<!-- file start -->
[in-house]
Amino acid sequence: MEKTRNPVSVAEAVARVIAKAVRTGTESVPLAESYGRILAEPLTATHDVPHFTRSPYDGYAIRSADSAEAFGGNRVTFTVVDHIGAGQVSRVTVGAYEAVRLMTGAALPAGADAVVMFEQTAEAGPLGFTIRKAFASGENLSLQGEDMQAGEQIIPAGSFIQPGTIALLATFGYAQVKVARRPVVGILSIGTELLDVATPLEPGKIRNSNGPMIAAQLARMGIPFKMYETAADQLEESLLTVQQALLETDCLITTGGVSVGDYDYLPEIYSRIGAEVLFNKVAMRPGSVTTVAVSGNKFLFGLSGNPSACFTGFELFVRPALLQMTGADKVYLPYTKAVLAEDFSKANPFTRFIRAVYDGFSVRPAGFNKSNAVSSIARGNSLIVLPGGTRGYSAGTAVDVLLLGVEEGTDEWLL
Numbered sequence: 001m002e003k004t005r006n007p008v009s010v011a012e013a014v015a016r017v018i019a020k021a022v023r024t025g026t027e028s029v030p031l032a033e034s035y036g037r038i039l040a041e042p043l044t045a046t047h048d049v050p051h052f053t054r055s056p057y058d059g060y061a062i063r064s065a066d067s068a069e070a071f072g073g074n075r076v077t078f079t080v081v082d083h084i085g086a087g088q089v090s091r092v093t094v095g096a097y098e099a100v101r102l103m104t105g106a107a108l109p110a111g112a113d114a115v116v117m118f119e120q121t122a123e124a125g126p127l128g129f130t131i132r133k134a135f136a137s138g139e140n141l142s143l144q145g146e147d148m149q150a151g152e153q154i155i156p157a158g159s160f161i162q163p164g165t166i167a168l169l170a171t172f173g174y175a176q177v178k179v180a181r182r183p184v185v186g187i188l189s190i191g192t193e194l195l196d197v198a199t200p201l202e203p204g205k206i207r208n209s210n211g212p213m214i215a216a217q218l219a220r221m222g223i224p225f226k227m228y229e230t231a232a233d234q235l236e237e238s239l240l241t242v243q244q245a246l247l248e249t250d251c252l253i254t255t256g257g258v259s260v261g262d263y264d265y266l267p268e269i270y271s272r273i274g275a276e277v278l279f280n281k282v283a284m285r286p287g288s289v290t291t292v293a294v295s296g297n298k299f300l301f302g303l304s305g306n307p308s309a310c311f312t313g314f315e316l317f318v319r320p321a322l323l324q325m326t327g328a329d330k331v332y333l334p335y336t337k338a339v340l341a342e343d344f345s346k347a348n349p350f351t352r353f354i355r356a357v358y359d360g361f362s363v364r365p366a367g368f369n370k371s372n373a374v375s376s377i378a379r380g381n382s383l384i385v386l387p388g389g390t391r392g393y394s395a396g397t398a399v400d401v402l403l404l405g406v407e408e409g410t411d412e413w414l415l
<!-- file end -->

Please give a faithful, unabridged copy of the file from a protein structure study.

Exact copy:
[in-house]
Amino acid sequence: MEKTRNPVSVAEAVARVIAKAVRTGTESVPLAESYGRILAEPLTATHDVPHFTRSPYDGYAIRSADSAEAFGGNRVTFTVVDHIGAGQVSRVTVGAYEAVRLMTGAALPAGADAVVMFEQTAEAGPLGFTIRKAFASGENLSLQGEDMQAGEQIIPAGSFIQPGTIALLATFGYAQVKVARRPVVGILSIGTELLDVATPLEPGKIRNSNGPMIAAQLARMGIPFKMYETAADQLEESLLTVQQALLETDCLITTGGVSVGDYDYLPEIYSRIGAEVLFNKVAMRPGSVTTVAVSGNKFLFGLSGNPSACFTGFELFVRPALLQMTGADKVYLPYTKAVLAEDFSKANPFTRFIRAVYDGFSVRPAGFNKSNAVSSIARGNSLIVLPGGTRGYSAGTAVDVLLLGVEEGTDEWLL
Numbered sequence: 001m002e003k004t005r006n007p008v009s010v011a012e013a014v015a016r017v018i019a020k021a022v023r024t025g026t027e028s029v030p031l032a033e034s035y036g037r038i039l040a041e042p043l044t045a046t047h048d049v050p051h052f053t054r055s056p057y058d059g060y061a062i063r064s065a066d067s068a069e070a071f072g073g074n075r076v077t078f079t080v081v082d083h084i085g086a087g088q089v090s091r092v093t094v095g096a097y098e099a100v101r102l103m104t105g106a107a108l109p110a111g112a113d114a115v116v117m118f119e120q121t122a123e124a125g126p127l128g129f130t131i132r133k134a135f136a137s138g139e140n141l142s143l144q145g146e147d148m149q150a151g152e153q154i155i156p157a158g159s160f161i162q163p164g165t166i167a168l169l170a171t172f173g174y175a176q177v178k179v180a181r182r183p184v185v186g187i188l189s190i191g192t193e194l195l196d197v198a199t200p201l202e203p204g205k206i207r208n209s210n211g212p213m214i215a216a217q218l219a220r221m222g223i224p225f226k227m228y229e230t231a232a233d234q235l236e237e238s239l240l241t242v243q244q245a246l247l248e249t250d251c252l253i254t255t256g257g258v259s260v261g262d263y264d265y266l267p268e269i270y271s272r273i274g275a276e277v278l279f280n281k282v283a284m285r286p287g288s289v290t291t292v293a294v295s296g297n298k299f300l301f302g303l304s305g306n307p308s309a310c311f312t313g314f315e316l317f318v319r320p321a322l323l324q325m326t327g328a329d330k331v332y333l334p335y336t337k338a339v340l341a342e343d344f345s346k347a348n349p350f351t352r353f354i355r356a357v358y359d360g361f362s363v364r365p366a367g368f369n370k371s372n373a374v375s376s377i378a379r380g381n382s383l384i385v386l387p388g389g390t391r392g393y394s395a396g397t398a399v400d401v402l403l404l405g406v407e408e409g410t411d412e413w414l415l